Goodrich writes: " Lining the black-painted walls are 11 six-foot-tall paintings, each a brushy, schematic depiction of kitchenware-laden shelves. Caught in florid strokes of black enamel paint and charcoal dust, the depicted objects have a cartoon-like life of their own. A stack of eight pans teeters, their handles pointing the same way, like sheep on a breezy day. In a tall bottle, fish radiate about a single point, as if fixing their gaze on an adjacent container. In another painting, goblets arrayed on five shelves shift through various states, as if posing in an evolution chart. The artist explains how the charcoal dust refers to a charcoal-heated foot warmer pictured in the Vermeer painting, and how kitchen utensils and recipes speak to the relationship between server and served. But you really needn’t know this to drink in the appealingly loopy images."
Referring to Wheat's recent show at Valentine Gallery, Gleisner writes that "Given the context, the documentation of work in the Valentine show pertains to the daily maintenance of personhood—that is, grooming. Inverting the art historical formula of female bathers painted by male artists such as Bonnard and Picasso, Wheat made several large paintings of male bathers as well as objects like mirrors, toothbrushes, and combs sculpted out of paint. Tension arises when the palpable delight of the work’s execution confronts the grotesque rendering of the forms as in Kiss... In this painting the squishy embrace of two massive heads is memorably depicted, subject matter matching the heft of the haptic aspects of the work. Wheat gropes touchy subjects as the materials and forms are raucously upended."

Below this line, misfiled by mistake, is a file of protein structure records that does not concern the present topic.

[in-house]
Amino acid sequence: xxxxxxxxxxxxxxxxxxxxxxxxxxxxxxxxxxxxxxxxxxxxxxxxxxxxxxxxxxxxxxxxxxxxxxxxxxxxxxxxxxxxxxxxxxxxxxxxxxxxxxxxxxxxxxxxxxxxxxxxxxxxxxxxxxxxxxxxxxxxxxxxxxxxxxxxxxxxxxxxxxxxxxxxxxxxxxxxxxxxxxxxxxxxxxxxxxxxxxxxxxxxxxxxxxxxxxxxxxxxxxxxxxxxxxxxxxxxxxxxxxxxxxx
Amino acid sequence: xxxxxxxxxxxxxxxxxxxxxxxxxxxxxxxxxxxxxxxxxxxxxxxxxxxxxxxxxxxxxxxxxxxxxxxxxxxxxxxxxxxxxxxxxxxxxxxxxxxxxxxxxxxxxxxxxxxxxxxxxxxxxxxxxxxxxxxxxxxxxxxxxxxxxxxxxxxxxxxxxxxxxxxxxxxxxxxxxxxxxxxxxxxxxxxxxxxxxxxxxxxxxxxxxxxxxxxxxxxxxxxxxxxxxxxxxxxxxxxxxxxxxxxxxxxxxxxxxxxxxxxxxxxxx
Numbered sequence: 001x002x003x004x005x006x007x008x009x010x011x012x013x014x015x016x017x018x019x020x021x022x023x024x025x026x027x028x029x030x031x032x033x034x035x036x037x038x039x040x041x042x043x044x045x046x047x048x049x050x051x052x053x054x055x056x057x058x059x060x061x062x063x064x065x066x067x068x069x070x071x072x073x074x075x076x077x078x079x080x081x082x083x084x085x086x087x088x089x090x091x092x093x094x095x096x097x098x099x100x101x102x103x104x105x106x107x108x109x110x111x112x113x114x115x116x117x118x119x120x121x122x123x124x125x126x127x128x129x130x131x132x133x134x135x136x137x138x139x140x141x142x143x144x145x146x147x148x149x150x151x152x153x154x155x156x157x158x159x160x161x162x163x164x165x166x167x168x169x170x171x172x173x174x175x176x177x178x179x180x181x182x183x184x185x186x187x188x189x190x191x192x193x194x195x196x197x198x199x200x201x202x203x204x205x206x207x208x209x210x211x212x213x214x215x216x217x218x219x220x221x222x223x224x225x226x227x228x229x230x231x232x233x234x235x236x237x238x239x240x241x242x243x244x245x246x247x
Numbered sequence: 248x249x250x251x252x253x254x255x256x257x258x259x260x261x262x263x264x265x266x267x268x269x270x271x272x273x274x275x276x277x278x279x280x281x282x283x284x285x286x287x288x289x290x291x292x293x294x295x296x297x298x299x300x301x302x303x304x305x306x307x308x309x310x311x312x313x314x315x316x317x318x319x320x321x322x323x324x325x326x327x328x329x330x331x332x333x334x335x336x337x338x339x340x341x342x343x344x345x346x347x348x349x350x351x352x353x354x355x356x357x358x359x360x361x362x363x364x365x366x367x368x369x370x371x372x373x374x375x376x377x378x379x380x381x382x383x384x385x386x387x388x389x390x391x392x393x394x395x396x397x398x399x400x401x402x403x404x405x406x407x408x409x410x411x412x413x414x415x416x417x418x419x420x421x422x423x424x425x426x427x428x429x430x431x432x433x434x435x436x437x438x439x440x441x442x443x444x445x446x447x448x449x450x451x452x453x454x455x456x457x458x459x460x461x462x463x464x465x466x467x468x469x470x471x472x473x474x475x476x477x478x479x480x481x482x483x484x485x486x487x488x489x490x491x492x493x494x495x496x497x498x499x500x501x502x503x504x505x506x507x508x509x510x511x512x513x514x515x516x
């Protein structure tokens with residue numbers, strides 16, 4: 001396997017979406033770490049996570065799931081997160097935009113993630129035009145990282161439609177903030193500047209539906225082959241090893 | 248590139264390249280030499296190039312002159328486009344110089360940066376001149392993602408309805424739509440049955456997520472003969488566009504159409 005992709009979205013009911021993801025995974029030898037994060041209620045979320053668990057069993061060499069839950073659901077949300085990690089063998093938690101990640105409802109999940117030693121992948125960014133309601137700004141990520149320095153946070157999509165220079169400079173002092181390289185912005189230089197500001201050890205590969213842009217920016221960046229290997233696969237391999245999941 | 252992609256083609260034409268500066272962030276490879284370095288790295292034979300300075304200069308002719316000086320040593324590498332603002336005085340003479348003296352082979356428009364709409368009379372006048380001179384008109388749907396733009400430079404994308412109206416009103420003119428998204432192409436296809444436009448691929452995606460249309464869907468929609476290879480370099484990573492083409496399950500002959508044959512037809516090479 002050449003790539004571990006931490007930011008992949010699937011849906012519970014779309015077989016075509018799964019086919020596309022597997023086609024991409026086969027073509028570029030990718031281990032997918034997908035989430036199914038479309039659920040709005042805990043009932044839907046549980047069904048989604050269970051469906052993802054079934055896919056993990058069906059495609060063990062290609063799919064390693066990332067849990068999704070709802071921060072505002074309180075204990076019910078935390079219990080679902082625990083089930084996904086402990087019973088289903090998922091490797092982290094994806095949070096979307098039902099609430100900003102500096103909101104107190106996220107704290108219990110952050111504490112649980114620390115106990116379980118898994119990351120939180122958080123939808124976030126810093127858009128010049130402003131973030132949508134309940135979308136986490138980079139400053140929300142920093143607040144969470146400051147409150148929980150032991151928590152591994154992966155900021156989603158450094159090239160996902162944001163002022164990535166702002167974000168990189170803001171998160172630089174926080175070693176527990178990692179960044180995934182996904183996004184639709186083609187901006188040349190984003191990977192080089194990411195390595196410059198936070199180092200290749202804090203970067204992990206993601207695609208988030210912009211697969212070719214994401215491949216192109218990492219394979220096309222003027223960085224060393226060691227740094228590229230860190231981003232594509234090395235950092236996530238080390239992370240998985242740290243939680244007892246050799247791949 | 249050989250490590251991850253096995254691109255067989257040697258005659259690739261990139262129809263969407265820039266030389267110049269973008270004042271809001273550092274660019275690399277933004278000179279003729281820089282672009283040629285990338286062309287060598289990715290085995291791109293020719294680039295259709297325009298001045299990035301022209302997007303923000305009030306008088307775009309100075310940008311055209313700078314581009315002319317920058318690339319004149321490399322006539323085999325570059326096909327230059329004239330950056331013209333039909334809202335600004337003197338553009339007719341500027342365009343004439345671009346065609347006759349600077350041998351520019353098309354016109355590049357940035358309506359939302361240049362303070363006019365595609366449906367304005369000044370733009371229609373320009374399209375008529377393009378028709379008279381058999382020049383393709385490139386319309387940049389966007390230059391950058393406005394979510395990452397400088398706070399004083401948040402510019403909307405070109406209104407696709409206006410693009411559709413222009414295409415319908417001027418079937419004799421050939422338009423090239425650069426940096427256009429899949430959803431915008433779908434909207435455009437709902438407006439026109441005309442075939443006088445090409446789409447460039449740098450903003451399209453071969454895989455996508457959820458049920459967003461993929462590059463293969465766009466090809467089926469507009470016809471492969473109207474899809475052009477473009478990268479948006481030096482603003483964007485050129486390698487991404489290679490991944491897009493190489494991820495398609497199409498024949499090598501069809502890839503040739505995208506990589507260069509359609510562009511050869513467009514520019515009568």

Moeller writes: "As [exhibition curator Dina] Deitsch so aptly states, 'The artists collected in this exhibition paint things. They literally paint things. And by doing so they welcome the notion of the Thing—the object—into the realm of the image and, in the modernist language of a painting, into the flatness that is a painting’s historical hallmark.' This increasingly heated oscillation between the two mediums of painting and sculpture grapples less with answers but rather more with questions, some of which are deliberately pointed and profoundly obscure... The deCordova gathered eighteen artists for Paint Things and the assemblage of work is a smartly executed foray into the blurred and frenzied and ever-shifting world of contemporary practices. Looking backward in time, too, the exhibition pays homage, directly and indirectly, to the work of a host of artists whose presence is keenly felt, making the balance struck seem remarkably current."
A report on a panel discussion about contemporary painting at the exhibition Paradox Maintenance Technicians at the Torrance Art Museum, California, on view through March 9, 2013. The exhibition surveys contemporary painting in Los Angeles and beyond featuring the work of 26 painters.
"Despite some disagreement about whether painting was dead as a medium (or whether that was even a relevant question anymore) all the panelists did seem to agree that a resurgence of painting was taking place today in Los Angeles and elsewhere... 'I think the reason why painting still makes this resurgence time and time again is because it really confirms our humanity in a unique way that no other material can,' said [Caitlin] Moore... 'In the end, we crave something that really has a human touch or a human element to it...I think that's a reason why Los Angeles specifically is moving the way that it is, simply because there are so many avenues and mediums that are diluting that experience. It seems natural to migrate back towards painting...in a society that is so technologically saturated.' "
Edited by artist Brett Baker, Painters' Table highlights writing from the painting blogosphere as it is published and serves as a platform for exploring blogs that focus primarily on the subject of painting.